Steve Cooper was a member of the Communist Party of Australia and SEARCH Foundation who did important work to expose the crimes of the Pinochet junta and mobilise Australian and international support for its victims. He was a crucial member of an Australian union delegation that visited Chile in March 1974, seven months after Pinochet’s US-backed coup.
In May the people of Chile delivered a blow to their right-wing government by electing a left-leaning constitutional assembly. It will draft a new constitution to replace the one written under army general Augusto Pinochet, who overthrew Chile’s democratically elected Marxist president, Salvador Allende, in 1973. Pinochet’s political heirs suffered further defeats in May’s regional and municipal elections, which saw a communist elected as mayor of Santiago.
The result would have delighted Steve Cooper, a member of the Communist Party of Australia and SEARCH Foundation who did important work to expose the crimes of the Pinochet junta and mobilise Australian and international support for its victims.
Steve Cooper, centre, with fellow members of the 1974 Australian trade union fact-finding mission to Chile, Jim Baird (L) and Henry McCarthy (R).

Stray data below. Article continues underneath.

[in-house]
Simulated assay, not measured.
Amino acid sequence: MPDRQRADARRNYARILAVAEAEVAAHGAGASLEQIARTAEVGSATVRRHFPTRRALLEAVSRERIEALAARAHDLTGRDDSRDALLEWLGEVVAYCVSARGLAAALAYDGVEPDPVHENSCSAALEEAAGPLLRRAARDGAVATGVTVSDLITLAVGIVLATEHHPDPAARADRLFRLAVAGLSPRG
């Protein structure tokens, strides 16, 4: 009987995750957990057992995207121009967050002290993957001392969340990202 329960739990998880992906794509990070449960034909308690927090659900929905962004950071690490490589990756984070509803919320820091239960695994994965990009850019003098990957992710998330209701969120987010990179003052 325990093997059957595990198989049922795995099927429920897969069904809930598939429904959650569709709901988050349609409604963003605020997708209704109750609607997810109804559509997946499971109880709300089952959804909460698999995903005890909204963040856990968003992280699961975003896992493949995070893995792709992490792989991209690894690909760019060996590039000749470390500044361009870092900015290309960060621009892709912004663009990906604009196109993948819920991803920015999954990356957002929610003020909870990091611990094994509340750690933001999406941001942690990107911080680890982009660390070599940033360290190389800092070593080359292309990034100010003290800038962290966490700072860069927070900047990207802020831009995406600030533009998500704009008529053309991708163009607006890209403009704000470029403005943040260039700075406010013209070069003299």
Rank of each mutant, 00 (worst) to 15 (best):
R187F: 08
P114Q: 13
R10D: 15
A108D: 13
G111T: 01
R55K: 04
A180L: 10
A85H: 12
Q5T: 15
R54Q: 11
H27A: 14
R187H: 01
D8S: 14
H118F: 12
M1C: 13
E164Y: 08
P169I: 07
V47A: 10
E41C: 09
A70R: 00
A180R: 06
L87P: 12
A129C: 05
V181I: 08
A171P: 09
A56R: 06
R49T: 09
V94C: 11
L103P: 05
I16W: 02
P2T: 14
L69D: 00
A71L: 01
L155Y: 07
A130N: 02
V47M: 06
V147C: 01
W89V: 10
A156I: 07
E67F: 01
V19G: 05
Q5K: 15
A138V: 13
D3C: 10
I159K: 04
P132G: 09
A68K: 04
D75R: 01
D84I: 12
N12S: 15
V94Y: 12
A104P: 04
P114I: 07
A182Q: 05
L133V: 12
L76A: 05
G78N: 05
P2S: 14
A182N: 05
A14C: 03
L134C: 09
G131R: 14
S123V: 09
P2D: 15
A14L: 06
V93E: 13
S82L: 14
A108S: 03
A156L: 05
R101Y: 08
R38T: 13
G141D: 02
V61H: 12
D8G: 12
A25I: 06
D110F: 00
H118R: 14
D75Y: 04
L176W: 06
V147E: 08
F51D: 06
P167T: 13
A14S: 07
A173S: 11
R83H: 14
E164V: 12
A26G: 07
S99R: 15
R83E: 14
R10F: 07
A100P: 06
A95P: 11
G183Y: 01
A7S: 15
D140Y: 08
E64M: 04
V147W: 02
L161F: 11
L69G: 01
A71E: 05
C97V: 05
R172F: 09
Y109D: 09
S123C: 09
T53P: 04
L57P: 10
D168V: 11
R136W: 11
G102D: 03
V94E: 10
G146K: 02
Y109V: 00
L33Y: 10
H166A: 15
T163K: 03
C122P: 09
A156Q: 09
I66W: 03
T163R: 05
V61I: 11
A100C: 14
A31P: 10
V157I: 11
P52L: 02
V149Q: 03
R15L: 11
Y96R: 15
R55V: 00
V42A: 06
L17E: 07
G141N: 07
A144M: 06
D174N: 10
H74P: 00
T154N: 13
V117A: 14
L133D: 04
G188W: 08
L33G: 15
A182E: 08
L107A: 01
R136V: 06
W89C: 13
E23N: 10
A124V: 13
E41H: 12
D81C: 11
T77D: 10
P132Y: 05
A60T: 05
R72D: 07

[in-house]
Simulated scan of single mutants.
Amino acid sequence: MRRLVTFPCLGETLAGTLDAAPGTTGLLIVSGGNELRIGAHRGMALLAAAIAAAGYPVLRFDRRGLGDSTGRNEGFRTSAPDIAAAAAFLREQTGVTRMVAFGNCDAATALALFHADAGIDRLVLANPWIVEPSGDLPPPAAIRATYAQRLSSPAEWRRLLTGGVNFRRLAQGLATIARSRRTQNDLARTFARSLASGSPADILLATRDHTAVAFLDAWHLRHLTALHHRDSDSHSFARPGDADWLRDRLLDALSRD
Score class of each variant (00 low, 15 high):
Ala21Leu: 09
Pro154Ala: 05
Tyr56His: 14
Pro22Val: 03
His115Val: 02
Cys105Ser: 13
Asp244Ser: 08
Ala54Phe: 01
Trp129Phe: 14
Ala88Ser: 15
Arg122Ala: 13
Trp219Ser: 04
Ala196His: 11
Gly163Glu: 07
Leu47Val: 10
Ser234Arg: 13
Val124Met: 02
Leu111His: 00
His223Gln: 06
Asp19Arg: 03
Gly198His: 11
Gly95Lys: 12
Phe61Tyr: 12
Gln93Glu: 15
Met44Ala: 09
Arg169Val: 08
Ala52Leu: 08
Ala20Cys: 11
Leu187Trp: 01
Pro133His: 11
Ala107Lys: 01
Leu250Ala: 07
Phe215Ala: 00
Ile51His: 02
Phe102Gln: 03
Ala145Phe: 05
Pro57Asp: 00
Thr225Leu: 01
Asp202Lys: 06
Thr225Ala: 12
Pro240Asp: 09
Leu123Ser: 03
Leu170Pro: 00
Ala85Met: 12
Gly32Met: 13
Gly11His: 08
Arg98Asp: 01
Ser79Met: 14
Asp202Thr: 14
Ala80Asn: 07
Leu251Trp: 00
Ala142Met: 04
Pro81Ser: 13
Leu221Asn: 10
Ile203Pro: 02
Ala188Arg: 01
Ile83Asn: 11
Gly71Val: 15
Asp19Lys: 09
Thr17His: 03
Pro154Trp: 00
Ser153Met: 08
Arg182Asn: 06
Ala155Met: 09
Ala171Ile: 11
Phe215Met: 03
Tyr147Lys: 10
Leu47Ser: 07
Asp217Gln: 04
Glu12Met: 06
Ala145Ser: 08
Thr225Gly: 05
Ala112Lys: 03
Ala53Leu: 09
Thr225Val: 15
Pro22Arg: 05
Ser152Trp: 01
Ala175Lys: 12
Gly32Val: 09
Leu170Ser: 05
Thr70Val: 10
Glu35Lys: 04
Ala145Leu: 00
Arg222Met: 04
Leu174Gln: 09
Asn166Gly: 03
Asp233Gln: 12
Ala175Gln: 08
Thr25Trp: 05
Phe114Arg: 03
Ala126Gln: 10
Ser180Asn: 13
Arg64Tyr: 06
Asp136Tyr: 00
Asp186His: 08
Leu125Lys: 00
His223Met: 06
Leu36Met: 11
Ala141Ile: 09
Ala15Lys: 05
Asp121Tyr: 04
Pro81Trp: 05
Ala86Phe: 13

Steve died on 7 May at the age of 93. He was a crucial member of an Australian union delegation that visited Chile in March 1974, seven months after Pinochet’s US-backed coup.
The visit was made possible by an outstanding act of solidarity by Sydney airport workers who refused to service a LAN Chile aircraft. That left the plane and the airline’s president, a junta general called Stuardos, stranded on the tarmac. In return for letting the plane go, a desperate Stuardos agreed to invite the Australian union movement to send a delegation to Chile to see for itself “how much happier the people are now,” as he rather naively put it.
The delegation returned to Australia with a comprehensive account of military repression. Their findings, written mainly by Steve, contributed to worldwide condemnation and isolation of the junta and the release of prominent political prisoners. The visit did much to build a Chile solidarity movement in Australia.
Steve was born in 1928 and grew up in Sydney’s south-eastern beachside suburbs. His parents – father George, a hat-maker, and mother May, a nanny – were English immigrants from Manchester. Steve remembered George as a man left “permanently embittered and introspective” after service in World War I.